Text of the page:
The check-out is one of the most important events in a tenancy. It’s a chance for you and your tenants to review the condition of the property. You can agree any deposit deductions and gather evidence to support a claim. If it goes well, and there's an open and honest discussion about the deposit, then it's likely everyone will feel that they've had a fair outcome. If the check-out is poor, or somebody fails to attend, disagreements about the deposit repayment are far more likely to arise.
Check-out should take place as soon as possible after the tenant has returned the keys. The longer you leave it, the more doubt arises that any problems are a result of the tenant’s activity.
Where possible, you should try to make sure that the tenant attends the check-out process. Note their comments about the property condition, and if they disagree with anything during the process. This will help when discussing deductions. Communication at this early stage is vital when trying to resolve issues.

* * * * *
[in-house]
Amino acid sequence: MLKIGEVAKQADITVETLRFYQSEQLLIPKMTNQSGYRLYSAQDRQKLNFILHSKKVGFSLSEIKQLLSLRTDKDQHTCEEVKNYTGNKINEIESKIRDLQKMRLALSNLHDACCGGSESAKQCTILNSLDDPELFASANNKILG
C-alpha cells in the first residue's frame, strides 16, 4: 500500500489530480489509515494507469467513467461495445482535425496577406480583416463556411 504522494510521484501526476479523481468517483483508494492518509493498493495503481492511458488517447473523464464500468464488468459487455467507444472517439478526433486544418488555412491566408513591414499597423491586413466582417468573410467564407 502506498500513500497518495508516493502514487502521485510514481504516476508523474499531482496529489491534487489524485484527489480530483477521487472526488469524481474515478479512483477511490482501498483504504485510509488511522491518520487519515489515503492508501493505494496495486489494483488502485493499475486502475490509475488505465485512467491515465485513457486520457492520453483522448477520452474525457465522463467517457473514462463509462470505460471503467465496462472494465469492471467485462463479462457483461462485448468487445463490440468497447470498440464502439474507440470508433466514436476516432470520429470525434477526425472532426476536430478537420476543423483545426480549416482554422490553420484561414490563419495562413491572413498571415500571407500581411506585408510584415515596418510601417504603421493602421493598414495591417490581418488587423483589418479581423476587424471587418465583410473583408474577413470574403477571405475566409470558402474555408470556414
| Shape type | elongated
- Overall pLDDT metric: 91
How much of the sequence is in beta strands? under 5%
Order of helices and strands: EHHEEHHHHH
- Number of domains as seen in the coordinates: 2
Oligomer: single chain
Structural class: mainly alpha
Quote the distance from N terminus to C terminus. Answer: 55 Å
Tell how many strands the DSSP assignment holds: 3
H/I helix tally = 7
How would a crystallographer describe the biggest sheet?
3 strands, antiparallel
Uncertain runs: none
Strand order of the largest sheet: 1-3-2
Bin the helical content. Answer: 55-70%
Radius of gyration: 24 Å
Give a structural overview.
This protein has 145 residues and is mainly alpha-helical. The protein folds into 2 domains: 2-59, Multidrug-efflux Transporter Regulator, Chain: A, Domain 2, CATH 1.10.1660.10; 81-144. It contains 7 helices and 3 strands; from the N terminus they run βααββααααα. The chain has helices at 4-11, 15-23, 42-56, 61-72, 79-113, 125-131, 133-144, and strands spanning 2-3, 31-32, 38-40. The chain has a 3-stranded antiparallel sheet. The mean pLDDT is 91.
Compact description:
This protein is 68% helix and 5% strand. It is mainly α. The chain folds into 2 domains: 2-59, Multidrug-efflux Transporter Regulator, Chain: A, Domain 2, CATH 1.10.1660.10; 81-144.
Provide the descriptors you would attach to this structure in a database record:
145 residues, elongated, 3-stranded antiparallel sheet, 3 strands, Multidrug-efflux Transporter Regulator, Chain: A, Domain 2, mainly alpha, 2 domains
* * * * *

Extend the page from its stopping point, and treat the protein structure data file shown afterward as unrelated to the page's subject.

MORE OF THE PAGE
Top 10 tips for a great check-outView Infographic
Agreeing deductions with your tenant
The check-out is a great opportunity for you to agree deductions with the tenants. By reviewing the tenancy agreement, inventory and property condition together, you can both agree if anything is awry. Together you can agree any deductions which will smooth the repayment process.
Gathering evidence to support claims for deposit deductions
If you plan to claim some of the deposit, the check-out is also the time to collect evidence about the condition of the property.
The best evidence will usually:
- have been prepared by a third party such as a professional inventory clerk
- contain dated photos
- have been signed by the tenant
Your check-out evidence may be vital to the success of any deposit claim you make.
What makes good evidence?
Common types of claims, and the evidence that best supports them